These POAs and COAs are the first cousins of nonprofit charitable organizations. If some or all of HB 3803-type proposals are adopted and become mandatory for Texas POAs, it is not unreasonable to speculate that this could be a template also to regulate all Texas nonprofit organizations in the future. The problems identified by POA residents and critics might beg for a legislative solution, and these discussions could have unintended consequences for Section 501(c)(3) organizations in Texas.

(4) Legislators devote attention to breaks for volunteers and relief efforts

Increased respect for the important role of volunteers, first-responders, and ad hoc relief groups in assisting people and communities in disasters or with pressing social needs has caught the attention of Texas legislators. A group of bills sought to make it easier for certain licensed persons to assist with disaster relief, allow social service facilities to escape strict permitting in certain situations, or give legal immunity to persons and facilities where socially beneficial work is conducted by volunteers.

The public is familiar with the role and resources of federal response and relief agencies (FEMA) and the state’s emergency preparedness agencies (Texas Division of Emergency Management and Texas Guard). Nonprofit charities like the American Red Cross and Salvation Army are large well-established organizations with formalized operations and trained staff and volunteers. But what of a local group that undertakes hands-on care for abandoned or homeless minors? Or a church facility that provides food and overnight accommodations for the needy? Licensed medical personnel who rush to the scene of an emergency or cross state lines to help others? Or local volunteer fire fighters who respond to dangerous emergencies, often without proper training or the best equipment?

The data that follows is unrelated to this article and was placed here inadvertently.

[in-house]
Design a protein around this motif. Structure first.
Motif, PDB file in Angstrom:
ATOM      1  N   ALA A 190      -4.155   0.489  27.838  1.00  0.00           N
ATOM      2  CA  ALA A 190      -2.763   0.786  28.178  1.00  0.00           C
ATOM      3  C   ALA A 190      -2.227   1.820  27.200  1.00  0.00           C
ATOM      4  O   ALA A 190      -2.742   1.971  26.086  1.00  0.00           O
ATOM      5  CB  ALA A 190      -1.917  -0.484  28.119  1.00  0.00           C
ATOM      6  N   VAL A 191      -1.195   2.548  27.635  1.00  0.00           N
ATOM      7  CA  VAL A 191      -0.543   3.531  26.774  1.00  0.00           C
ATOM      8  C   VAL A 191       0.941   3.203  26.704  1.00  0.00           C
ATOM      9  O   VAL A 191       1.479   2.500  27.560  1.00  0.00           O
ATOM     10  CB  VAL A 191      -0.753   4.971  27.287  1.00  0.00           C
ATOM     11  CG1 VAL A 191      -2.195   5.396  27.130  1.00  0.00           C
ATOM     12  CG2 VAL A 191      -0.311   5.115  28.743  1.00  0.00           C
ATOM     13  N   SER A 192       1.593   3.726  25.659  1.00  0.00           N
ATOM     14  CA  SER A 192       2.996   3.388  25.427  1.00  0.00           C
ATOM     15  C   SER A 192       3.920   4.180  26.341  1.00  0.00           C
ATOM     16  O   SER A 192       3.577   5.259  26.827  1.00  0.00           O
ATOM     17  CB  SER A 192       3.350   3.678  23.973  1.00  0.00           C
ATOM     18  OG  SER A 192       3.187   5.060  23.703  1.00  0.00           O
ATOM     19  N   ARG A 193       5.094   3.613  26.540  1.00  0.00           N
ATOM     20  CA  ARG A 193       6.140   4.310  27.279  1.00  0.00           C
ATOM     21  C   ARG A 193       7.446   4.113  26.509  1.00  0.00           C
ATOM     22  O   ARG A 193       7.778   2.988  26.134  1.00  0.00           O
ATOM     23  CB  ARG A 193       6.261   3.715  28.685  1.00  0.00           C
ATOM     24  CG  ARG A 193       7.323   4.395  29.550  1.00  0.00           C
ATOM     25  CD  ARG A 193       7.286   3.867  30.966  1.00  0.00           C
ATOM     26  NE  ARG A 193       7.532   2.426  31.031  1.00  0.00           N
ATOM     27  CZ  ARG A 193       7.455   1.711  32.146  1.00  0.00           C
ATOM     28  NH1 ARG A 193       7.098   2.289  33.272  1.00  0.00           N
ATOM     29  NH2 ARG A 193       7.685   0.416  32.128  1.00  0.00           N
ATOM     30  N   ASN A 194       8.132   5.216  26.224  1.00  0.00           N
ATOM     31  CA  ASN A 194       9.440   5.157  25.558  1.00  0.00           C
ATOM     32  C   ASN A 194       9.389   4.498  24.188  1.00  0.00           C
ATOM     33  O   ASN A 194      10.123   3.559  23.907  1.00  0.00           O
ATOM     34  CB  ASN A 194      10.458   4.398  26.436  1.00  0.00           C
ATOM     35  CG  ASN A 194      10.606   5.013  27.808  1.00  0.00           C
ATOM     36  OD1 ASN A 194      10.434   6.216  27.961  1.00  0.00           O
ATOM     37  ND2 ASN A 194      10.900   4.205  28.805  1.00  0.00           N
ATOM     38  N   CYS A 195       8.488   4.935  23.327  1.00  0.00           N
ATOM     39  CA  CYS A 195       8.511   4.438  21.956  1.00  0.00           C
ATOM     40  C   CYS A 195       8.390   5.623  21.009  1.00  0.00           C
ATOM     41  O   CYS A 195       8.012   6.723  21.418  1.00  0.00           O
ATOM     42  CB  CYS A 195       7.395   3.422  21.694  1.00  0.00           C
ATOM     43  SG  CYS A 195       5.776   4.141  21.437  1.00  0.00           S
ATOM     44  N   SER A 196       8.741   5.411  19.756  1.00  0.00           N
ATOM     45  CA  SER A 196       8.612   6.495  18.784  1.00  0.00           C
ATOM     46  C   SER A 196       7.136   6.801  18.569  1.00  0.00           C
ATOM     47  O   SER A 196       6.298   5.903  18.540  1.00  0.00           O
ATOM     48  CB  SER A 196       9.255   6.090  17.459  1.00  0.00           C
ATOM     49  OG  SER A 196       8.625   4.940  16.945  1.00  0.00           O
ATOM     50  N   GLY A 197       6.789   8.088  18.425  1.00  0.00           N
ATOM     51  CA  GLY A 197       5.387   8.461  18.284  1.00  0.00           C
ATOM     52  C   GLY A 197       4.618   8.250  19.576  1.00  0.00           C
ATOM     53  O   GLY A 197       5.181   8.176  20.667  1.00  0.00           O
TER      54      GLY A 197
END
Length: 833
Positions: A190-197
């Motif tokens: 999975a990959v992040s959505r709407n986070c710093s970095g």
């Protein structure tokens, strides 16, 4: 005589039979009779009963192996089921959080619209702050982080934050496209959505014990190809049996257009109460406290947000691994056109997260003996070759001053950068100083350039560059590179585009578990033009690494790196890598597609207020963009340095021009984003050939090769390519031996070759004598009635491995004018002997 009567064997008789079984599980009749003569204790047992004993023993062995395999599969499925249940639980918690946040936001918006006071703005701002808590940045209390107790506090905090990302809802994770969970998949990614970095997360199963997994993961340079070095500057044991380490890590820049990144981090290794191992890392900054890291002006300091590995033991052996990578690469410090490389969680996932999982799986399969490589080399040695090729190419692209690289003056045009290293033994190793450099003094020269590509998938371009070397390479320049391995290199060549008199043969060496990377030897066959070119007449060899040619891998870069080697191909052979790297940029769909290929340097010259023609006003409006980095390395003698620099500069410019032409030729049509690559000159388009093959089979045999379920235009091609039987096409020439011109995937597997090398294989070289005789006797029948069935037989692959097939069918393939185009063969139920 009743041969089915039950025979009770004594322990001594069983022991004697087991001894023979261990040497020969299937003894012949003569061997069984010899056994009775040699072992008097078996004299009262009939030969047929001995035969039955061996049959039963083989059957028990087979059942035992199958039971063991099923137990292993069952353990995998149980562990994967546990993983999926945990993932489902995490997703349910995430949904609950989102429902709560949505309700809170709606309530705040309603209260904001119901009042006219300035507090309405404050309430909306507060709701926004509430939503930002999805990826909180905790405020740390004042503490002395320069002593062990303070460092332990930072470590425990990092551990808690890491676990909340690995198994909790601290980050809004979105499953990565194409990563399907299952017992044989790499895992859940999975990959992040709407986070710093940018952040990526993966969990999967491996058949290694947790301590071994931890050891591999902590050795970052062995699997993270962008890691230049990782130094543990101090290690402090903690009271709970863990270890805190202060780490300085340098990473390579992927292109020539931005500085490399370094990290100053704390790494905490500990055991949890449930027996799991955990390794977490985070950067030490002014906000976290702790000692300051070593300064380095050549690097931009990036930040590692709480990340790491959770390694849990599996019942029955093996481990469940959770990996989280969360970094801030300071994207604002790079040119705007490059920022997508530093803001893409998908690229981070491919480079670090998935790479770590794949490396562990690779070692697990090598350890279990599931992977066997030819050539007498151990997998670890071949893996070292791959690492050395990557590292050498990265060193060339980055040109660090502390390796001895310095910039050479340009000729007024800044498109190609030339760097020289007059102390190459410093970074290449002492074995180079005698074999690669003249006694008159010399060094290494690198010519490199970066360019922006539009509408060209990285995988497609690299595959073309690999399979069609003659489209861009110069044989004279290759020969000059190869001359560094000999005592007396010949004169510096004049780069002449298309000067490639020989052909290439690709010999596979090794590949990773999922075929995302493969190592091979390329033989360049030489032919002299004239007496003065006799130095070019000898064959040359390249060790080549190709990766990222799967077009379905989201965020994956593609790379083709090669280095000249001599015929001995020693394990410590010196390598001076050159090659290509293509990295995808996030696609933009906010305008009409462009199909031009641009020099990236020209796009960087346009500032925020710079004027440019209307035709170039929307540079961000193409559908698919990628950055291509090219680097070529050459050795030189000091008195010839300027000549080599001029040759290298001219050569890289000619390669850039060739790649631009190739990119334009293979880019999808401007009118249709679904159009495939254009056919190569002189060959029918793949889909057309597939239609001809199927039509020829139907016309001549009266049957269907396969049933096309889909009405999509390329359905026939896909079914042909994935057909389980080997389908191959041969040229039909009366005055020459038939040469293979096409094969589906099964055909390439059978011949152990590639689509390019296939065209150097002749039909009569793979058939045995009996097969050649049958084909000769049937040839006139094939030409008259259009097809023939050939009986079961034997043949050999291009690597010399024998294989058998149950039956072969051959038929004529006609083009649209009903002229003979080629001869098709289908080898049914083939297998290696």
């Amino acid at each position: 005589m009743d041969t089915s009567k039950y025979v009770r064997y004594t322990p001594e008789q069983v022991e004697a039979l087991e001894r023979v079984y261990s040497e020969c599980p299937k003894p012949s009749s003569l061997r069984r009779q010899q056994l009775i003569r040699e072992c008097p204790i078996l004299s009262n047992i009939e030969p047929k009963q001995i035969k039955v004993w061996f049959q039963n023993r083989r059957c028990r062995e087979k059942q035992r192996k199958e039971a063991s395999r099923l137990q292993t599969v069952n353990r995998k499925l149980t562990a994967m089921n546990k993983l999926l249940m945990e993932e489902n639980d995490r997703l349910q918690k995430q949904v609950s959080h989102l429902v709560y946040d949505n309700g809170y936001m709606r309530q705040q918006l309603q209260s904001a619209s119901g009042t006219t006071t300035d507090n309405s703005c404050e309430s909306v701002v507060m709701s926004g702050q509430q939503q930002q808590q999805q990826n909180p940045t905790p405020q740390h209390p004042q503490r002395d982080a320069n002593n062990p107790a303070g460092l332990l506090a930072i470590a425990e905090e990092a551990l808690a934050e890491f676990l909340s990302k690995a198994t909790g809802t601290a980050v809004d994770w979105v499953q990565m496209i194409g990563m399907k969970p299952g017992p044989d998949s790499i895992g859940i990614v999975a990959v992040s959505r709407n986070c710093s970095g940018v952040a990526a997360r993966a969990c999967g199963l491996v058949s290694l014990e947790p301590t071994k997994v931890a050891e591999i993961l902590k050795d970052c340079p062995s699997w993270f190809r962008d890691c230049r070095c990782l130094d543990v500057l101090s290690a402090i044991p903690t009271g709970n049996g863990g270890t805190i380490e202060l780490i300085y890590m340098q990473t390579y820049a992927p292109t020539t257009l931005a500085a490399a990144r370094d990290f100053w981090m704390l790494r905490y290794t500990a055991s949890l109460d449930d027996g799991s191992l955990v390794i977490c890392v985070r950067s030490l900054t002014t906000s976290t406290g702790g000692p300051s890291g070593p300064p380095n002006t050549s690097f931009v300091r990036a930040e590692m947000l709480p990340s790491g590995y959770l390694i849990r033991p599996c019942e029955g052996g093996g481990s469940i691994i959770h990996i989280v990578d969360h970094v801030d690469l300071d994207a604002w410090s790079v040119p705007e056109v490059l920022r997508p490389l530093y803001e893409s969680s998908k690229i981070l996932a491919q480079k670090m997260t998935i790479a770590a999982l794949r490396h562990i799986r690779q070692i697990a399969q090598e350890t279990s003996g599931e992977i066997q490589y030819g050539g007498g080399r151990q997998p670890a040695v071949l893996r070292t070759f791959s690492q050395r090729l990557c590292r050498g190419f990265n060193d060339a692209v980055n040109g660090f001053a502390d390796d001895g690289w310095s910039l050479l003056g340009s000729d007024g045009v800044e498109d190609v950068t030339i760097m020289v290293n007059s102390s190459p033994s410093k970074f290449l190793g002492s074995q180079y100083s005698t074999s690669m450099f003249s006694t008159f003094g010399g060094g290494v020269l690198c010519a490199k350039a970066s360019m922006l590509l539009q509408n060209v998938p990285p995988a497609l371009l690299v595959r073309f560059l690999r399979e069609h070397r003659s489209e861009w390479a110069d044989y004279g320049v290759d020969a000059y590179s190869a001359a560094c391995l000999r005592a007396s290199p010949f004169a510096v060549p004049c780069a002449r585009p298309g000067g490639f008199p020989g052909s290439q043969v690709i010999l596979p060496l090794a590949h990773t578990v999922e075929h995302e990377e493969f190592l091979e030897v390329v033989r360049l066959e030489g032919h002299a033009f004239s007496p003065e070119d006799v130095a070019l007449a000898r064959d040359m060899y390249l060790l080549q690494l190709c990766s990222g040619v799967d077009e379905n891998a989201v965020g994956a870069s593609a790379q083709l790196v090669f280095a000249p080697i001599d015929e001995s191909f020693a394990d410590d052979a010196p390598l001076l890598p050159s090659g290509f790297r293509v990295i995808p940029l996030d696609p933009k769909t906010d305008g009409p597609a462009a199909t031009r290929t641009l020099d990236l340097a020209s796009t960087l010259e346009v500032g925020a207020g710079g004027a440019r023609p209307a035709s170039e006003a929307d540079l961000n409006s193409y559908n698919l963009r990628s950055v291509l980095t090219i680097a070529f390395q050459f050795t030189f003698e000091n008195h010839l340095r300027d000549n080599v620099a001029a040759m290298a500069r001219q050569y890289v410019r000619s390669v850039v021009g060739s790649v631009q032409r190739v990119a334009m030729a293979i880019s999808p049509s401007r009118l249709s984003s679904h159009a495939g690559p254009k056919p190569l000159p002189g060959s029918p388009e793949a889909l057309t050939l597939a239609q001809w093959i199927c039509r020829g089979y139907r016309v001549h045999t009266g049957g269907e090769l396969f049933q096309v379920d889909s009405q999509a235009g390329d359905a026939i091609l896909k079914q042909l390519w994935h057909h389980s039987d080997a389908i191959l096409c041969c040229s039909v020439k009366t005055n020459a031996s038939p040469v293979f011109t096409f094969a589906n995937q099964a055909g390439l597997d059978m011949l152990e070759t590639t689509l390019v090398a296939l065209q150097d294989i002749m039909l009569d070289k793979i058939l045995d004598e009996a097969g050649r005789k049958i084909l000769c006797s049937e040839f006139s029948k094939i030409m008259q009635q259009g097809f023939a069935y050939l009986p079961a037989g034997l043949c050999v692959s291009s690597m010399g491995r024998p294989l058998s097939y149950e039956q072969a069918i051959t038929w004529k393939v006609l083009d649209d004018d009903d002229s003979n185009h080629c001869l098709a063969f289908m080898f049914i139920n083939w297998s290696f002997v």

The natural reaction of legislators would be to respond to these issues and situations by molding the law to promote useful and well-intentioned volunteer efforts. But proposed legislation can mean waiving certain licensing requirements for medical personnel as with SB 61 (PASSED); exempting volunteer fire fighters from certain training requirements (SB 766); or limits on the legal liability of persons or groups who assist with relief efforts (HB 2319). The Governor signed SB 1267 (PASSED), which limits the liability of persons assisting in state agency firefighting efforts.

This patchwork of well-intentioned legislative responses to real-world good works by ordinary people, which sometimes have unfortunate outcomes, should not distract from considering an end point in granting these waivers, immunities and exceptions. Certainly, unreasonable legal obstacles to responsible volunteerism should be addressed. But careful guidelines and best practices in responding to the needs of youth, the elderly, disaster victims and persons with disabilities should never be compromised. Good intentions do not always produce good results.

(5) Tax exemptions for nonprofits not challenged this session; “PILOT” issues are absent

SB 140 represented a trend nationwide to initiate periodic top-to-bottom reviews of the tax structure of state government and, in particular, to question any tax credit, preference, incentive, exemption or other tax benefit conferred under state law. This approach not only impacts the state tax laws relating to private interests, industry and business groups, it also puts into question the tax exemptions traditionally enjoyed by nonprofit charitable organizations. In Texas, the exemptions are from property taxes, sales and use taxes, and the business (franchise) tax. Under this legislative analysis, all tax exemptions are viewed as a “cost” to state government in that they represent tax revenues not received but that may be available to tap in times of tight government budgets. Charitable tax exemptions are seen as the same, and some critics are unhappy with the “cost” of these lost revenues that are not collected from tax-exempt entities and their properties. This challenge to nonprofits is not speculative and is being played out now in the U.S. Congress, where the individual taxpayer charitable deduction is constantly under attack and is likely to be trimmed to some degree in the near future. This same scenario could unfold in Texas. SB 140 was the subject of a debate in the Senate Finance Committee and considerable media coverage, and bill sponsors promised that these issues will not go away.